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Wilderness Camps in Maine | An Allagash Love Story

He made her knitting needles from telephone wire and copper found at an abandoned logging camp, and Patty readied for winter, unraveling sweaters, using the yarn to knit stockings and mittens. Nuge’s uncle taught her a secret family pattern, and she’d spend hours knitting “Patty caps” that she would line up every fall to sell to hunters. “There are hundreds of my Patty caps in these woods,” she says.

In November they had their first paying guests — hunters drawn by Nuge’s reputation as a deer guide. They paid $10 a day per man for Patty’s cooking and the privilege of sleeping on a bare cabin floor with their coats for bedding. The business was finally started, but the Main Forestry Service, which administered the land, wanted them out.

“We asked for a lease,” Patty says with a trace of anger lingering through time, “but they just wanted to drive us out. They tried to stop us from cutting timber, but we went right on cutting what we needed for the camps. They didn’t know what to make of us. They figured we had some big money man backing us, what with Nuge having guided and knowing so many rich folks.

“A telephone line ran through the woods back then, and after awhile Nuge got us a phone and hooked us in. At least we could talk to the dam keepers, and it was company. The forestry service kept coming down and cutting us off. And Nuge, he’d just wait a few minutes for them to leave. Then he’d hook right back on. After eight years I guess they thought we were here to stay. They gave us a lease, $10 a year. I told Nuge we’d have them eating out of our hands, and before long all the state officials and the governor were having big to-do’s at Nugent’s Camps!”

When winter came Patty sewed parkas from the tent fly off the raft, fished through the ice, and wore double sets of long underwear when she did the wash. At Christmas the dam keeper at Lock Dam, seven miles distant, and at Telos, 12 miles, came for dinner along with Dave Hannah, and Patty served stuffed partridge and deer hearts. Now and again they’d snowshoe to Chesuncook Village, 17 miles away, to pick up mail. Nuge made tables and beds and carved sinks for the camps, and they survived, barely, on small loans from Patty’s father…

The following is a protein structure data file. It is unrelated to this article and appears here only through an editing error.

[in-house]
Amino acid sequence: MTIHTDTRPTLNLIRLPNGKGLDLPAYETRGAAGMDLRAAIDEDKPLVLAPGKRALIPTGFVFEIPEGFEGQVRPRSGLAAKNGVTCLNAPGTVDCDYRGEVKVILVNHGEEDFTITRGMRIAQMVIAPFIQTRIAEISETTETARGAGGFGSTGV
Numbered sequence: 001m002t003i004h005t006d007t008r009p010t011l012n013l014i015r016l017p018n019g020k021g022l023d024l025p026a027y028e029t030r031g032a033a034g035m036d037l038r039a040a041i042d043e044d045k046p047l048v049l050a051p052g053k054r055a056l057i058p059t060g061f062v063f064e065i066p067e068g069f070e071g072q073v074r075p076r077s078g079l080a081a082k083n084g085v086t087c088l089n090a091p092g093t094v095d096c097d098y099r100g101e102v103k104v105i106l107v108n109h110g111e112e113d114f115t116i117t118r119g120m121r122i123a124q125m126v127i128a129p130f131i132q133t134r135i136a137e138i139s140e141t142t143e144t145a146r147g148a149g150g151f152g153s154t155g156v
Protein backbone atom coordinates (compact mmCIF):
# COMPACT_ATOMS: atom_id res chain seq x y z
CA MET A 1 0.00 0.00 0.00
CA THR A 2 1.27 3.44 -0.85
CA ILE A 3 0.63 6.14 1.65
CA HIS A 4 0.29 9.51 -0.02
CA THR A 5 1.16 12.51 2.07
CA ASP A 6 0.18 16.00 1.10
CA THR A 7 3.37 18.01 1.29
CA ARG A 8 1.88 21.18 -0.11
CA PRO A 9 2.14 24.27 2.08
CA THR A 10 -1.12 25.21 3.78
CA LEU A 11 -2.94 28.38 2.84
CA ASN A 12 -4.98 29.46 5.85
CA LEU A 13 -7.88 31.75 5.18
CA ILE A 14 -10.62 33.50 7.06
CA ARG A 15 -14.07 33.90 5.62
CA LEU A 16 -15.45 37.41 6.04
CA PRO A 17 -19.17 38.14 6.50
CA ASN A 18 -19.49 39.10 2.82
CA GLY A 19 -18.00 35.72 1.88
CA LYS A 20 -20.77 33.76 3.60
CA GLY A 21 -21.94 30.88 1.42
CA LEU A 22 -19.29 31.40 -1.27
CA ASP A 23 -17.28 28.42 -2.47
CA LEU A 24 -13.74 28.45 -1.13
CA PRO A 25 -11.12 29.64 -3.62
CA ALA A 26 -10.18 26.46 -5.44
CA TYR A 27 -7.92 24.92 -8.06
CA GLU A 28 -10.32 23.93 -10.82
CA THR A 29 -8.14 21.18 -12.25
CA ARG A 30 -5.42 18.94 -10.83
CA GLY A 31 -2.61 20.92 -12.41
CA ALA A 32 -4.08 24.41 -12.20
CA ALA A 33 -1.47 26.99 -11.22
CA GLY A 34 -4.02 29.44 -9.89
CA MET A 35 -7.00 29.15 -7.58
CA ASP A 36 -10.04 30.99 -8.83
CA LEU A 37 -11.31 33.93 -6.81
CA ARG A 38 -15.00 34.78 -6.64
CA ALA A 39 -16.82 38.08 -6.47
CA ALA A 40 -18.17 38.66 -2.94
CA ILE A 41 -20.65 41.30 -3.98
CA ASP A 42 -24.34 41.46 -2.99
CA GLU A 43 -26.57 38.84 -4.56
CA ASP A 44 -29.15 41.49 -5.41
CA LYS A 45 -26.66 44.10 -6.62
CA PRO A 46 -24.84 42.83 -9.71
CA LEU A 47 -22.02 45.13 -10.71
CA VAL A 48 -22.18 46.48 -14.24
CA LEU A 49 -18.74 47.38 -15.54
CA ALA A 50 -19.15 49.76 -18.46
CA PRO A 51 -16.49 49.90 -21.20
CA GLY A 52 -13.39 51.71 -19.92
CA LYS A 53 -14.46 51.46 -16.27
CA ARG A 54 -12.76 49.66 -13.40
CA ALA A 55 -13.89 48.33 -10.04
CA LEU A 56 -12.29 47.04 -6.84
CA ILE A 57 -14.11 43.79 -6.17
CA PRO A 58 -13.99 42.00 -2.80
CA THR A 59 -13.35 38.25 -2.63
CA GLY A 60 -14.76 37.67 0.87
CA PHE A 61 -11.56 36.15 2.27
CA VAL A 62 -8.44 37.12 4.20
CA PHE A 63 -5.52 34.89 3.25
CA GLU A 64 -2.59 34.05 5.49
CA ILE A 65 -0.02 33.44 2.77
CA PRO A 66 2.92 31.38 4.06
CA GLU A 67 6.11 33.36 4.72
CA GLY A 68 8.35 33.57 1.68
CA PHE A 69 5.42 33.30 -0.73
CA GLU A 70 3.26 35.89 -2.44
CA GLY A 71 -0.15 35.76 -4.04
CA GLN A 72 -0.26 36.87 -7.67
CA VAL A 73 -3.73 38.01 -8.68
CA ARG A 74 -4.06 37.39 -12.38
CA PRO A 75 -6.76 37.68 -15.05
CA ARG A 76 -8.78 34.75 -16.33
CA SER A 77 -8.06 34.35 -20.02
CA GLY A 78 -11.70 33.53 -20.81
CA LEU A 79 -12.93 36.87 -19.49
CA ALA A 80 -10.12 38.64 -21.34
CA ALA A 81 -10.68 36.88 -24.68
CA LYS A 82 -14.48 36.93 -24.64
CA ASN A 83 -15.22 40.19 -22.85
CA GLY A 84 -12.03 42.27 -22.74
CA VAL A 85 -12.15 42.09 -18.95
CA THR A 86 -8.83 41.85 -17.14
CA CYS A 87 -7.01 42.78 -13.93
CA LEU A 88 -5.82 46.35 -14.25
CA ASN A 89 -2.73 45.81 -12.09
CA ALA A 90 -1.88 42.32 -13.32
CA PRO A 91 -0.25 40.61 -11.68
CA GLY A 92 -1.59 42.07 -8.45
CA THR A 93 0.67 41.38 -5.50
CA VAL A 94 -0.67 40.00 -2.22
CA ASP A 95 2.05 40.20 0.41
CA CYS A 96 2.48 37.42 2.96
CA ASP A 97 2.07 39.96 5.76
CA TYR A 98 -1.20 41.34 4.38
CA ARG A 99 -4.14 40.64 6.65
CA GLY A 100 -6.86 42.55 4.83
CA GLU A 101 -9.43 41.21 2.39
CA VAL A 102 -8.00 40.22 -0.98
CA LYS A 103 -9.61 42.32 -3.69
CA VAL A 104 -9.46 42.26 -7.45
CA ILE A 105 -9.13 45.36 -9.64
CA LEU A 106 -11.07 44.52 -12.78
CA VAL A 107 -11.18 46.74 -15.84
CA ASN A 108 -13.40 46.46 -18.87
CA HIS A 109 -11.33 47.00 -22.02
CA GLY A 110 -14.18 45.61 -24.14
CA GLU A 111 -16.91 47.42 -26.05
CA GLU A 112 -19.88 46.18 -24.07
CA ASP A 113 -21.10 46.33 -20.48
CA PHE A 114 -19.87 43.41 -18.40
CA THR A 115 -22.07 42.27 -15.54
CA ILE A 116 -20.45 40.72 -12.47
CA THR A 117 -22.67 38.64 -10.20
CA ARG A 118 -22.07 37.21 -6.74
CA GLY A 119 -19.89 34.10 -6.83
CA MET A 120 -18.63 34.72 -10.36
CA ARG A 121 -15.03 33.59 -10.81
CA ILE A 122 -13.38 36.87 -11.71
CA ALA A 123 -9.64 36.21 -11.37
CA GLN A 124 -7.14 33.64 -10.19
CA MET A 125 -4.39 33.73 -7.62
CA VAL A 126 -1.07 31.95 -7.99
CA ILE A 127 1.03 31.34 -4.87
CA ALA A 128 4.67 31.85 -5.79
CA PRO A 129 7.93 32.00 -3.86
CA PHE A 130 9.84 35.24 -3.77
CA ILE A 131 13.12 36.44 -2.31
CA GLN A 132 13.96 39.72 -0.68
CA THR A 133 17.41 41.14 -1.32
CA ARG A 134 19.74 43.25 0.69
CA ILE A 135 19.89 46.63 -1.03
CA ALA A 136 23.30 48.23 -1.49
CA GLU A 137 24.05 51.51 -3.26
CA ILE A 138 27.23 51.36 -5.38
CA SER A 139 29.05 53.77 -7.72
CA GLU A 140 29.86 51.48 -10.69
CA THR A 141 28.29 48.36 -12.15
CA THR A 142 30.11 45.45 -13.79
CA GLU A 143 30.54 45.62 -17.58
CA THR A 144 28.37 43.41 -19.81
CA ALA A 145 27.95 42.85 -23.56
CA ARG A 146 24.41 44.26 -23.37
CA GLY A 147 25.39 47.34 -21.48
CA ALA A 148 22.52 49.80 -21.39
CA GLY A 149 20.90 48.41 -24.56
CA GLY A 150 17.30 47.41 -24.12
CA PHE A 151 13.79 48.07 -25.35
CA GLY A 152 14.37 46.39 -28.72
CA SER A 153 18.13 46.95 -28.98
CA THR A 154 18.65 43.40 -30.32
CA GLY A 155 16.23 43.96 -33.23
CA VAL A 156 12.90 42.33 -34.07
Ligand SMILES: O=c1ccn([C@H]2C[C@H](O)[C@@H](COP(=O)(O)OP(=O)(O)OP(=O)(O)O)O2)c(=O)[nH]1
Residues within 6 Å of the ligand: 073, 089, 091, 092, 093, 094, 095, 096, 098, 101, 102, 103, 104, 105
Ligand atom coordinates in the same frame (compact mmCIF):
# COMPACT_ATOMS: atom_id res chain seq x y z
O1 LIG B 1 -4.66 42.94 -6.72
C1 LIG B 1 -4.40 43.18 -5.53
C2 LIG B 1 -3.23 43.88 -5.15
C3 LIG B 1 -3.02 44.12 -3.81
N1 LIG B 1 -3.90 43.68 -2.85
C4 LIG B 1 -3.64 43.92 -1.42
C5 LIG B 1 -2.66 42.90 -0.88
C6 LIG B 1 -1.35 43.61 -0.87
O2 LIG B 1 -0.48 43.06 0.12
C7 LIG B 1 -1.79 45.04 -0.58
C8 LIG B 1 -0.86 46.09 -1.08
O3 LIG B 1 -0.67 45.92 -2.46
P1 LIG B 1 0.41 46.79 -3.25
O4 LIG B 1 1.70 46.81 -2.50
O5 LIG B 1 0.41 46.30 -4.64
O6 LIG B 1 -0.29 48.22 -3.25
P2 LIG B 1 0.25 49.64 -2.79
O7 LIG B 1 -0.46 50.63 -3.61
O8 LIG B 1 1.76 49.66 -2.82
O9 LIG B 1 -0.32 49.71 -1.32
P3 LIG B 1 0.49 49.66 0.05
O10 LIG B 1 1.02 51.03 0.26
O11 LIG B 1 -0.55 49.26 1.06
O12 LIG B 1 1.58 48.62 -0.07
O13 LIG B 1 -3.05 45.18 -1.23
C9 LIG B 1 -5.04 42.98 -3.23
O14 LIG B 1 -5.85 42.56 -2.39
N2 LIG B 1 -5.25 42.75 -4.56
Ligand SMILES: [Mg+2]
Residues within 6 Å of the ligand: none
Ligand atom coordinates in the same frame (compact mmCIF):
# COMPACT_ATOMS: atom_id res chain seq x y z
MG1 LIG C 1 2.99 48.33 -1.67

By 1938 they finished building the camps, including the cabin where Patty lives today. And luck — or fate — dealt them a curious break. For it was then that Dave Hannah died and Nuge was freed from his promise and could finally trap the country.

“Nuge started me on weasel,” she says. “They weren’t bringing too much then. He figured if I cut the skin we wouldn’t have lost too much. Then we went to bobcat and fox, and when I mastered those, to beaver. Skinned them right in this room by kerosene lantern and I never cut them.”

Nuge ran over 100 miles of trapline. He’d be gone two weeks at a time, living off beaver and muskrat stew, sleeping in tiny, outlying cabins he built along the route. Each day the dam keepers, like worried aunts, phoned Patty. “They needn’t have worried,” Patty says. “I didn’t have a care in the world then. There was nothing I didn’t feel I could handle.”

She set her beaver traps around the ponds, mink traps around the edges of streams, and bobcat traps back in the woods. There were a lot more trappers in the country back then, but there were a lot more animals, too. Come spring Nuge hauled the furs to Chesuncook, then to the buyers in Greenville. “We’d never have made it without the trapping,” she says. “One year we made over $4,800. That came in awful handy.”